What to Pack for a Weekend Sailing Trip

What to Pack for a Weekend Sailing Trip

Written by Shannon O’Donnell on

Shannon O'Donnell is a long-term traveler who has been on the road since 2008 and has lived everywhere from Southeast Asia to Barcelona, where she now calls home. She travels slowly and supports responsible tourism along the way, winning numerous awards for her work advocating for the communities impacted by travel and tourism.


What to Pack for a Weekend Sailing Trip

What to Pack for a Weekend Sailing Trip

Space is at a premium on most sailboats, so now isn’t the time to pack everything that you own. Check out this packing guide to figure out what to bring along for a weekend sailing getaway. Ahoy!

So, you’re heading out on a weekend sailing trip! Sailing is not only great fun—it's also a whole new way to experience travel. Space is generally limited on even the largest sailboat, so you’ll be packing one carry-on bag for the occasion. A duffel bag is the best choice for a boat, since its soft sides mean that it can be stashed away easily.

The first thing you’ll want to think about is your skin. You’ll be spending plenty of time out in the scorching sun, so be sure to pack sunscreen (with a high enough SPF to protect your skin) and some sun-protective clothing as well. Cover-ups, sarongs, sun shirts, and other such clothing will ensure that you come back from your trip with just happy memories and photographs—and not a sunburn. Don’t forget the sunglasses and a big straw hat! Just in case you fail to avoid a sunburn, bring an aloe-based lotion to soothe burned skin.

As for your hair, the salty sea air (and ocean water, if you happen to take a dip) will wreak havoc on your locks. A solid shampoo bar is just the ticket for travel. It takes up less space than a big bottle, and it’s more environmentally friendly. Packing organizers like the Pack-It series help keep your toiletries organized in your bag.

Unless you know for sure that you don’t ever get seasick, remember to pack some motion-sickness medication. Even if you think that your stomach is rock-solid, a squall could turn up and make you feel sick. Also consider bringing a sleep aid, such as melatonin, since the constant rocking of a boat doesn’t necessarily lull everyone to sleep.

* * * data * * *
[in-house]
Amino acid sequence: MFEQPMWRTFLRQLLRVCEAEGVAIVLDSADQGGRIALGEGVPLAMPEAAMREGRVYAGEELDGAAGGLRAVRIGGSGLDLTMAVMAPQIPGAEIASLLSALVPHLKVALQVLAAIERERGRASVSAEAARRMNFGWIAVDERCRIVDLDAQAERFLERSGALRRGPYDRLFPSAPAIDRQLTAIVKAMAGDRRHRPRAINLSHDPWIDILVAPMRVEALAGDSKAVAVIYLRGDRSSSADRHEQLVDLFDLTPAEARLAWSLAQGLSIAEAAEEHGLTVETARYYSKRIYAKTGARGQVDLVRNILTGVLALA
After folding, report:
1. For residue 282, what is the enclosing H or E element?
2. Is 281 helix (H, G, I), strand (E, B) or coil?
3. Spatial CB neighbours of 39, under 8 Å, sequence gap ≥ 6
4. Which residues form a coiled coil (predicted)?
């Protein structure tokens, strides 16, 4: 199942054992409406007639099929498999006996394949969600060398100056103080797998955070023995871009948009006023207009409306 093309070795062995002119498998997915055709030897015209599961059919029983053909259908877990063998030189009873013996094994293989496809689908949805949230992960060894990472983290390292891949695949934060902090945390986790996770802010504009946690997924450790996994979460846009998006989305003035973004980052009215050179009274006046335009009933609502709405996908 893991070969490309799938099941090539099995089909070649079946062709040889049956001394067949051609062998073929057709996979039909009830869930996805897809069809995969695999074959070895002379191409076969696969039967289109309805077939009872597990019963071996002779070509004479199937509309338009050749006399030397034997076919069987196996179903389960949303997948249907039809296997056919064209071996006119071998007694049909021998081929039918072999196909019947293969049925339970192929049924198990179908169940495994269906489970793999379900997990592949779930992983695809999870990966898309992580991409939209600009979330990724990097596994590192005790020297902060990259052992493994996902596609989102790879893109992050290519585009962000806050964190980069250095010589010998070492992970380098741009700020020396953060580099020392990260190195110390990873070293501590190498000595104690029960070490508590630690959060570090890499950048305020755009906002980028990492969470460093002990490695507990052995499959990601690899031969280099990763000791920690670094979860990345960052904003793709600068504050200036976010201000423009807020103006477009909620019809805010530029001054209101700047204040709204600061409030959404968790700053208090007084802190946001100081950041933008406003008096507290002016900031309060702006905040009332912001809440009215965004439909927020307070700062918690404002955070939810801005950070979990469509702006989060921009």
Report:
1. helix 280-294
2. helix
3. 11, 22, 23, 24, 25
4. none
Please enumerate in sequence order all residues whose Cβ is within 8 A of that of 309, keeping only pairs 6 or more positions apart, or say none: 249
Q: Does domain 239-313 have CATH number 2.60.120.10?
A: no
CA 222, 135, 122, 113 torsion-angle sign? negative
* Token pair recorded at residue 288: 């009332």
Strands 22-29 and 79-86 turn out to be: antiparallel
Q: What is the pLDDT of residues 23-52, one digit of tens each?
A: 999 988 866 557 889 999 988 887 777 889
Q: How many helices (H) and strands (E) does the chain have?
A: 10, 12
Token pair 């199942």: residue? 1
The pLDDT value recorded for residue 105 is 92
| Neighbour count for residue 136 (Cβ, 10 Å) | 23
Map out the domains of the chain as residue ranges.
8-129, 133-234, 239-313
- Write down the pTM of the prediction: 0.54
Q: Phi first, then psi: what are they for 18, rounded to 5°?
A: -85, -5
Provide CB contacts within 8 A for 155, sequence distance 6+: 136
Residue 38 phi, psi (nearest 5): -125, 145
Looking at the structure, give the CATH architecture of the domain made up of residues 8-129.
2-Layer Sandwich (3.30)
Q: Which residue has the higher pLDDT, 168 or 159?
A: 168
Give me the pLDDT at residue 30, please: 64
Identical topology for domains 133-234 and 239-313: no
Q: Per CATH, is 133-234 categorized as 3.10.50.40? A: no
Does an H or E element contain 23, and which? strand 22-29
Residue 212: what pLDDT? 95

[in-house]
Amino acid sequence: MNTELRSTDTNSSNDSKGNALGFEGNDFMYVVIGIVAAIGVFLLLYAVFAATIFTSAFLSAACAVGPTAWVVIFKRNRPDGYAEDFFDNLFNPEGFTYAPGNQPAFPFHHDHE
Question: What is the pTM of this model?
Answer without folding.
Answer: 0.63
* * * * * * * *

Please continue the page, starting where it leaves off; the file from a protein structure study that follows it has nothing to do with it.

Don’t get too fussy about clothing, as the dress code is very relaxed on a sailboat. Shorts and t-shirts are the norm, even for dinner. For ladies, a comfy sundress or two could be just the thing. Naturally, you will want to bring swimwear—and preferably more than just one swimsuit, so that one or two can be drying while you are wearing another. Luckily, swimsuits and/or swim trunks don’t take up too much space in your travel bag. And ladies, put some consideration into what type of swimsuit you choose: A teeny-tiny bikini may look the hottest, but will it stay in place during a variety of activities?

Speaking of activities, be sure to make room in your bag for your snorkeling gear. This way, you’ll be able to spontaneously explore what’s going on beneath the waves.

For shoes, you might want to bring along two pairs: one pair of non-marking deck shoes, which will help you keep secure footing while aboard and flip flops for just about everything else. Pack a shoe organizer to keep salty, sandy shoes away from the rest of your stuff.

In terms of organization, you’ll want to bring a wet/dry bag that's similar to what is used at a gym. Eagle Creek makes a great one.

Don't forget about miscellaneous items. Bring an extra battery or a portable charger for your phone. Electrical outlets on a boat may be limited. Make sure you bring extra batteries for your camera, as well as a waterproof case and plenty of memory for all the great shots you will take. A specific case for your electronics can help keep your digital stuff safe and contained. Some books or an e-reader will come in handy for down hours. A deck of cards will similarly be helpful—plus, if you are sailing with people you don’t know, cards are a great way to make new friends. Pack a few Ziploc bags to keep your cash, documents, and electronics dry while in your bag.

Read more on how to use Eagle Creek’s Pack-It System on your next trip.


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